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Customers of stores like Micawber’s are hardly unaware of cheaper and faster books from Amazon.com. When I walked out with James Salter’s novel “All That Is,” it cost me $26.11. In checking later at Amazon.com, it would have cost $20.21, cheaper in part because Amazon.com wasn’t planning to collect any sales tax.
It was still a purchase worth making at Micawber’s.
If customers value the greeting from the staff, the smell of the books, the creak of the floor when browsing, the smile that comes from reading notes on the shelf with the idiosyncratic “Staff picks,” those aspects of the shopping experience become part of what’s purchased.
Whether there are enough customers valuing the overall experience to let a shop survive long-term is anybody’s guess. But one of the most foolish things any owner could do today is place a Kindle on the counter.
Just display it, not even sell one. These are at-a-glance reminders of the Amazon.com value proposition and a thumb right in the eye of the shop’s owner.
And sales have been healthy enough for the independents to make it easier to say no. Micawber’s makes more money than Amazon.com, as that company famously just reported another net loss. Manager Martin Schmutterer of Common Good Books, also in St. Paul, said sales are “up substantially from last fall.”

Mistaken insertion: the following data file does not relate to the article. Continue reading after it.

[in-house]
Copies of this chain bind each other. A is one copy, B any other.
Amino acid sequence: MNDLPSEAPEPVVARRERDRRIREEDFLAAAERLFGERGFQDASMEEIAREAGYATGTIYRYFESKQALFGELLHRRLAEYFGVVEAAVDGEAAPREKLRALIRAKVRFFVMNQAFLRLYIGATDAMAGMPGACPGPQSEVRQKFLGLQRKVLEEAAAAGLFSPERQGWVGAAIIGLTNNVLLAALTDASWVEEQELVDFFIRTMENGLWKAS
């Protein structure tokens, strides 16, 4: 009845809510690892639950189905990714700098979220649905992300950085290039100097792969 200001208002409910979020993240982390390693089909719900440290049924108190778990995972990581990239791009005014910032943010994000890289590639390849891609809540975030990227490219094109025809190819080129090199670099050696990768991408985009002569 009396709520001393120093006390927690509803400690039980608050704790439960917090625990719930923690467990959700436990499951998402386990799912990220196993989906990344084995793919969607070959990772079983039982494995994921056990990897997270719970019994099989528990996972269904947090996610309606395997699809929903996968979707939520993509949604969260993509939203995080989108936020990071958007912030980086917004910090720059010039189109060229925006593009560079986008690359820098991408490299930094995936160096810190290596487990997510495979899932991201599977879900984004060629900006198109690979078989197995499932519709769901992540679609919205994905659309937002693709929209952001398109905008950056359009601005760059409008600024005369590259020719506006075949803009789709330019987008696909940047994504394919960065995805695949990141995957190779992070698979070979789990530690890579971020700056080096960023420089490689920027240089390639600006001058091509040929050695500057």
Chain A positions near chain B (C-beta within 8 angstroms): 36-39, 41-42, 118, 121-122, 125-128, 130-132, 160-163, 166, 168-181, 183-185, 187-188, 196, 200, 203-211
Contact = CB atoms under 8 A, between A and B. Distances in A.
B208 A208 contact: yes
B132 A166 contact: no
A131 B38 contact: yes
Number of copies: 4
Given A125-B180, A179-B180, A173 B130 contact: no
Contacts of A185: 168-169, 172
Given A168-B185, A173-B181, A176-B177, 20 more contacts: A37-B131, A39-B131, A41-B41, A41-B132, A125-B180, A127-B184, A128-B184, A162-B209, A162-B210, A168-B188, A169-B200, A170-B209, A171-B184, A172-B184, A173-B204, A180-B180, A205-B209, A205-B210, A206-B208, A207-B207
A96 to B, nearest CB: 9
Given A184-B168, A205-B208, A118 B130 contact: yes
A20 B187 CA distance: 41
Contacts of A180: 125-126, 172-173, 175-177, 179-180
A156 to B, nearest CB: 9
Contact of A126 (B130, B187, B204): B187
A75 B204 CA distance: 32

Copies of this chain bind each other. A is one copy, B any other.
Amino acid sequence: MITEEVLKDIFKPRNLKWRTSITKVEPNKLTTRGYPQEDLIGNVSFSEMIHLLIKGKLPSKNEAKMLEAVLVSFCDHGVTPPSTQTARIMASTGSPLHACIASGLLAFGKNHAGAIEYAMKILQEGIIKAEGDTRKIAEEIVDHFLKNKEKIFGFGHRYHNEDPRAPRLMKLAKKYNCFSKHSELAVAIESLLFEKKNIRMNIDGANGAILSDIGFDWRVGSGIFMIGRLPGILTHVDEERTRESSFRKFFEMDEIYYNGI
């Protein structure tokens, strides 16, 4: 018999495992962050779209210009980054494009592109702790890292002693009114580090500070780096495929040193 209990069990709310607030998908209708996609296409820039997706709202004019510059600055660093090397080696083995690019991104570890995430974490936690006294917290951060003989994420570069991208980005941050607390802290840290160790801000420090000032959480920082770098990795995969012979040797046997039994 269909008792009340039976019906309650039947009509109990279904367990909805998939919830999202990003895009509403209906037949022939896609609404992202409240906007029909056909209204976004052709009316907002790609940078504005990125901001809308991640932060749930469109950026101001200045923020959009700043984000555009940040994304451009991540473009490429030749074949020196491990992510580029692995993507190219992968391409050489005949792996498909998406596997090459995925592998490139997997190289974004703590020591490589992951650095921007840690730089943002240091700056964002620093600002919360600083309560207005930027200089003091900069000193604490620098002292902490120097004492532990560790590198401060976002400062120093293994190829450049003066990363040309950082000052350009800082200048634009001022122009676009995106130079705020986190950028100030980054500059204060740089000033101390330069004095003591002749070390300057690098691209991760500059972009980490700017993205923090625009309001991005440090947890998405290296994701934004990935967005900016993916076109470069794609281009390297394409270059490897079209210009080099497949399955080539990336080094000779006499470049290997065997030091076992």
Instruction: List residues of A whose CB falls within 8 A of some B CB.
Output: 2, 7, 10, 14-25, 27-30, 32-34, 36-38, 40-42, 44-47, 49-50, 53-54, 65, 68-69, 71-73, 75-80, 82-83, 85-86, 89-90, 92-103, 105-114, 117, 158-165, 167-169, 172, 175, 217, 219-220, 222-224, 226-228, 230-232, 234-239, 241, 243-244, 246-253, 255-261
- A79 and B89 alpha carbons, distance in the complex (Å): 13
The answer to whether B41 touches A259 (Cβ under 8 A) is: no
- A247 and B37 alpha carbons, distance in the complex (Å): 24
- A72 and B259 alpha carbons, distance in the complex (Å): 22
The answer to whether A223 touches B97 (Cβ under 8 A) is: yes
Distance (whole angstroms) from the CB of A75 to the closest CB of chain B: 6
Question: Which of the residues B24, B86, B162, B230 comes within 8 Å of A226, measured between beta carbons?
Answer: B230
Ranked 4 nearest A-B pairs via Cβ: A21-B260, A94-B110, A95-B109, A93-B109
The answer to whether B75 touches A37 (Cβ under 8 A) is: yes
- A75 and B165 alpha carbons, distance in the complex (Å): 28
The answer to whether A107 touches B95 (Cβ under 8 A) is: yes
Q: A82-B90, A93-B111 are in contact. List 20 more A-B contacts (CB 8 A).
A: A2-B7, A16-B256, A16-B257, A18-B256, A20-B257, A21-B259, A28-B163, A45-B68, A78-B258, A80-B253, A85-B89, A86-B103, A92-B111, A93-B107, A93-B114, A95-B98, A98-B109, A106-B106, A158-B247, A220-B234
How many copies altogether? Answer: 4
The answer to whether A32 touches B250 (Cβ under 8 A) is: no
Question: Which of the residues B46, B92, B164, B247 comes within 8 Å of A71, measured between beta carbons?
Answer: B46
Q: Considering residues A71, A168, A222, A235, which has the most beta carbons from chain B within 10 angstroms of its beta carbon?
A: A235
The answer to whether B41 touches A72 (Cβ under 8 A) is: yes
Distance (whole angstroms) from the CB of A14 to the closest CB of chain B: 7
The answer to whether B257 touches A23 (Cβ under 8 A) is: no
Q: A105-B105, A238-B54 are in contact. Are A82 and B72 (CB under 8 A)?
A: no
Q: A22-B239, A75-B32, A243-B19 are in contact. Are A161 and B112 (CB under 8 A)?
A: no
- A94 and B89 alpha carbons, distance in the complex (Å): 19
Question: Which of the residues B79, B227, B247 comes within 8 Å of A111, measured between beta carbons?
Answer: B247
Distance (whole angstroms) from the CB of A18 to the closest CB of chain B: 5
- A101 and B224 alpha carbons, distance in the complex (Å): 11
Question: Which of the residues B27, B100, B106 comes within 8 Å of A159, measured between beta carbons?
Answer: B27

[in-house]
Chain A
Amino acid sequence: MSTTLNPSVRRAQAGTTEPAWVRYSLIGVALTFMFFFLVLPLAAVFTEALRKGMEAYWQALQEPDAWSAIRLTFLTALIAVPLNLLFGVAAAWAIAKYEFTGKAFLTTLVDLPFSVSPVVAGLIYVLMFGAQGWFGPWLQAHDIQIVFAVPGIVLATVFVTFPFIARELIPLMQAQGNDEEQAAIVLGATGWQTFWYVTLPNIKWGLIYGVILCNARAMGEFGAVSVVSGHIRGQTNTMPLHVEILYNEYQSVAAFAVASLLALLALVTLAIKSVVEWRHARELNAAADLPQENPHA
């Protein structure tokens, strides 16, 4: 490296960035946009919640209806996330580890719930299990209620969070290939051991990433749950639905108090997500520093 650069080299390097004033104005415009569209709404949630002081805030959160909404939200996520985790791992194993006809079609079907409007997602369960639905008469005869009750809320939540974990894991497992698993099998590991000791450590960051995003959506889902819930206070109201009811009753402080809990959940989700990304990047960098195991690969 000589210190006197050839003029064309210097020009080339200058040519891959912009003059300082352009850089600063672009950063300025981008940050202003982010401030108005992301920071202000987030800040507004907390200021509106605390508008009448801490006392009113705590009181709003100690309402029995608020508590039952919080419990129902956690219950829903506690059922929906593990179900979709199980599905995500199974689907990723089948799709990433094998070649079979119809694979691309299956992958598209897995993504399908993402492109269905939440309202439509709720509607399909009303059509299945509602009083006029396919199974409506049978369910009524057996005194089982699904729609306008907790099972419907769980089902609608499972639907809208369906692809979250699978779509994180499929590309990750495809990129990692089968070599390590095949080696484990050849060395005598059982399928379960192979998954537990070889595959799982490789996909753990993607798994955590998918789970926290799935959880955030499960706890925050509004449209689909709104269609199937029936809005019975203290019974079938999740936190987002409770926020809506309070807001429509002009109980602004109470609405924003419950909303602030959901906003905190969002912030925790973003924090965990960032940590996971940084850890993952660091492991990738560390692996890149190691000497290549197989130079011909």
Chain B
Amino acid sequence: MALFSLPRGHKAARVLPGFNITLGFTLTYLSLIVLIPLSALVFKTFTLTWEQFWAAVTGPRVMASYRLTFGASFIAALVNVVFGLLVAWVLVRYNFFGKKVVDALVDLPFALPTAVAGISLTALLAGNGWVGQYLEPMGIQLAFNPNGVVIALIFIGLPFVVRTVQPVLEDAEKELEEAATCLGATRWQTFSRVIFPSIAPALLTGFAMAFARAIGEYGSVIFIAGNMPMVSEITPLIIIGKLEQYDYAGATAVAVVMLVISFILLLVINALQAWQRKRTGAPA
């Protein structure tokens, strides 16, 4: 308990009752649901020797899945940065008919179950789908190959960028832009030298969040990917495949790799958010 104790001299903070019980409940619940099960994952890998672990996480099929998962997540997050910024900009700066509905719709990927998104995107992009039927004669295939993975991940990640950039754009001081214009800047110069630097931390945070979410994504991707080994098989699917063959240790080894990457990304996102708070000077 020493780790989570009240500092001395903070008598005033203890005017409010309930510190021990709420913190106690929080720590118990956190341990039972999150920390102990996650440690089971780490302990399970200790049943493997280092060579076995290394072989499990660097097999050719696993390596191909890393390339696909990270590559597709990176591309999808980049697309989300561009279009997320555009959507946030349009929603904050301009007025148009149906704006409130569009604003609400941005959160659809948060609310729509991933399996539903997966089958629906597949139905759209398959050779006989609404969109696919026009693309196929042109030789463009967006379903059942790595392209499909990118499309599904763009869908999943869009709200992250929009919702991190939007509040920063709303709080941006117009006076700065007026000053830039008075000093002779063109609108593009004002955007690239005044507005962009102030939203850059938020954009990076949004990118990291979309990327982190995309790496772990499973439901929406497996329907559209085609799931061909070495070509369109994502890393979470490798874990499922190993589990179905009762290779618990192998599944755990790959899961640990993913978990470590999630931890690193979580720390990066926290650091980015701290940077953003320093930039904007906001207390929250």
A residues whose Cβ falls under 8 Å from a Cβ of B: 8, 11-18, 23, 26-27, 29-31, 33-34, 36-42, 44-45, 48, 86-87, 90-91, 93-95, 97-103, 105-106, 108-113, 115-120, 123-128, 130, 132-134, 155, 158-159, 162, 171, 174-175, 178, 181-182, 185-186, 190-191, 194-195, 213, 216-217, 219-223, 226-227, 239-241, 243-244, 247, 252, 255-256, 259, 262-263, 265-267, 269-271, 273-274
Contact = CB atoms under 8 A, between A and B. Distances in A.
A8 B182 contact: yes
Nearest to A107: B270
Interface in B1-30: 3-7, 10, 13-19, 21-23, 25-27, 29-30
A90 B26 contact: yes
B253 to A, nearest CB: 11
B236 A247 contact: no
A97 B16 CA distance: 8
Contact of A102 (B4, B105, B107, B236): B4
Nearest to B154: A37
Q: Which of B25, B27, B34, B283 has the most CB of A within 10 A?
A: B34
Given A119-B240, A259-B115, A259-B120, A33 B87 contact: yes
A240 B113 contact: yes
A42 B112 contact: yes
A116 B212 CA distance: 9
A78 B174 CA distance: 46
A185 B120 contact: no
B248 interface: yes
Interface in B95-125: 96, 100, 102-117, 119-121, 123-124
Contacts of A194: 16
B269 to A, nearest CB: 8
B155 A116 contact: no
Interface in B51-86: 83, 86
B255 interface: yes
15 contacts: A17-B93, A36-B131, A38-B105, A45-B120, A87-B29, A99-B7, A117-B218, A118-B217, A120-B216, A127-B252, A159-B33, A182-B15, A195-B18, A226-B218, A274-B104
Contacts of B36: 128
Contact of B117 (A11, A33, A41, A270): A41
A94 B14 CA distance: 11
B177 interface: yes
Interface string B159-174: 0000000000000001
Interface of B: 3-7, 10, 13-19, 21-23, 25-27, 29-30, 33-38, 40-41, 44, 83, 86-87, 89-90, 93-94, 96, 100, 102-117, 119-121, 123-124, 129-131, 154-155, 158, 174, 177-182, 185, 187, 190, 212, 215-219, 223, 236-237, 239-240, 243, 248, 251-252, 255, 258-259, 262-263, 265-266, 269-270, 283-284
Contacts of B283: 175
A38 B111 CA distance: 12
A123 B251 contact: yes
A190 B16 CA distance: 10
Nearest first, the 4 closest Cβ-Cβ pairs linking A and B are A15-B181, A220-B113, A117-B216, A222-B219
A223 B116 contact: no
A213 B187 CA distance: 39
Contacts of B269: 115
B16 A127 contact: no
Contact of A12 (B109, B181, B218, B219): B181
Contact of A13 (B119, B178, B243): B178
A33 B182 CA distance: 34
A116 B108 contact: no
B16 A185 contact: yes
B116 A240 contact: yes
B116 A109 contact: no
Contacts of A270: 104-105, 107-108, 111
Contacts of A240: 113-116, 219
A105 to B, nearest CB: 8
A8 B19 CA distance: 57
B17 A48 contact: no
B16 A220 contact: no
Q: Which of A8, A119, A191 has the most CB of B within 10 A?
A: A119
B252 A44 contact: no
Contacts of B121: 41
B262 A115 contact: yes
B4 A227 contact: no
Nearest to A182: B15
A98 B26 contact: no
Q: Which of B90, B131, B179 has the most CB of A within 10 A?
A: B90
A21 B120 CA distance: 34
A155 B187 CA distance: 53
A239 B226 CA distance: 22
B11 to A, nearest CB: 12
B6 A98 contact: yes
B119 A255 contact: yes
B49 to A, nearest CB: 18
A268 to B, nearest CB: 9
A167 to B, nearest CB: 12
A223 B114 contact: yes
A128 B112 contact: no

Like Weyandt, Schmutterer hasn’t for a moment seriously considered selling Kindles. Common Good sells e-readers made by Kobo, a technology platform that independent retailers banded together to pick for an electronic book option. Schmutterer said he only “hesitantly” sells a Kobo.
So when Schmutterer learned of Kindles available from Amazon.com, “my thought is we have a perfectly good e-book platform already,” he said. “On top of that, why would we do business with the company that is trying to put us out of business?”
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